Lastly, I will share with you one more weird Japanese cultural experience. I spent 4 nights in Kyoto staying at one of those pod hotels. You know what I mean, right? It's this Japanese budget hotel option where you're room for the night is not much bigger than the trunk of your car. The place I stayed was brand new, though, and the pods were quite sufficient and cozy. This stock photo of the place I stayed shows the double-decker pods on each side of the hall. Each one is probably 6'6" deep by 4' high and 3' wide or so. There was a tv inside, and a fan, and lights with dimmers.

That's it.
I'm writing this from Shanghai, China where I'm pleased to be crashing with my buddy Mikko for awhile. I may use Shanghai as a home base for much of 2017. My first priority is to turn my business website into version 2.0, likely called Prepared Passing. It'll be an educational site for people who have a parent who is dying.

So I'm gonna crank on that for the next couple months. But I'm also excited to be able to easily visit places like Hong Kong, Singapore, Taiwan, Thailand, greater China, Mongolia, India, Nepal, Bhutan and on and on and on.

Asia is big with lots to see and at this point I have no schedule. Gonna stay until I'm ready to move on and do it up right.

Tuesday, February 14, 2017

Fascinating Japan

It's been 26 years since I was last in Japan. During junior year of college I spent the month of January studying economics with a group of 15 students from St. Olaf.

My memories of that time aren't that sharp. I remember living with a lovely host family in Tokyo for 3 weeks. I remember drinking alcohol for the first time (!) at age 20 when my host father offered me sake and beer. I remember the vast cultural differences that weren't due to financial reasons. I remember feeling like a prairie dog because Tokyo is a big city undercut by a vast network of subways. When traveling around the city I'd ride the subway. Then I'd explore above ground in a small area around the subway stop. Next I'd go back underground and then pop up somewhere else, never really understanding how the areas were connected. I remember visiting Hiroshima.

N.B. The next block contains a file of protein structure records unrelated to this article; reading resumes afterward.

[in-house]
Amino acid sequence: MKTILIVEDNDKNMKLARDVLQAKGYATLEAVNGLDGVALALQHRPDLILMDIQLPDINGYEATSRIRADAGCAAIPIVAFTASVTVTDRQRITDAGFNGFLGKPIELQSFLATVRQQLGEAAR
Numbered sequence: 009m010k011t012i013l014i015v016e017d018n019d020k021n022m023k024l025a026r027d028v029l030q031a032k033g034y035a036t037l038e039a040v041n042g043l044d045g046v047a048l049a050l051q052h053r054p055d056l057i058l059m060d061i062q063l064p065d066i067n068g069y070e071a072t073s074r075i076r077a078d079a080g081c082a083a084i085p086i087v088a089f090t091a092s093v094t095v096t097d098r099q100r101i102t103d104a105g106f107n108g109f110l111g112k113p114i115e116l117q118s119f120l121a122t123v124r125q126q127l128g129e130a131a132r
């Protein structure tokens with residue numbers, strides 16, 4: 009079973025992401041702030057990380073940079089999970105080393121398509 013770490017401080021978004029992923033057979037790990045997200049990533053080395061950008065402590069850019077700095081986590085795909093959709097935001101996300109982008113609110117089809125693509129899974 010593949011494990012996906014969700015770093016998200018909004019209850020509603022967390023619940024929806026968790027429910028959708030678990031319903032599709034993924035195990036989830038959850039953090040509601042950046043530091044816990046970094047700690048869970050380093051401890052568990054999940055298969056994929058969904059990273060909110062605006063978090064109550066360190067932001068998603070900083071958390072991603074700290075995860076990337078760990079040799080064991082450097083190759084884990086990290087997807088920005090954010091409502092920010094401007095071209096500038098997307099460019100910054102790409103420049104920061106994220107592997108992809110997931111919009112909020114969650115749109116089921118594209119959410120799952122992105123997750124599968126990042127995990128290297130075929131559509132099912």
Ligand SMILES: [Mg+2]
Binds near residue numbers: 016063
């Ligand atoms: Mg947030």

Our student group also visited Osaka where we toured an automobile factory and learned about some of the legendary Japanese quality control processes, like Kaizen, that later made their way around the world.

Since that experience I've been curious about the rest of Japan -- historic Kyoto, the Japanese countryside, the mountains and the skiing, the distant northern island of Hokkaido.

Fortunately, my buddy Mike scoped out the skiing last year and raved about the daily powder dumps up at Niseko on Hokkaido. So we arranged to meet.

Skiing in Niseko, Japan

Skiing in northern Japan lived up to all the hype for me. They average almost 600" of snow per year, twice that of the popular areas in Colorado, and more even than my beloved Alta. For a powder junkie like me that's just what I was looking for. Alas, in the winter of '16-17 the American West has been getting hammered but it's been a relatively low snow year in Japan.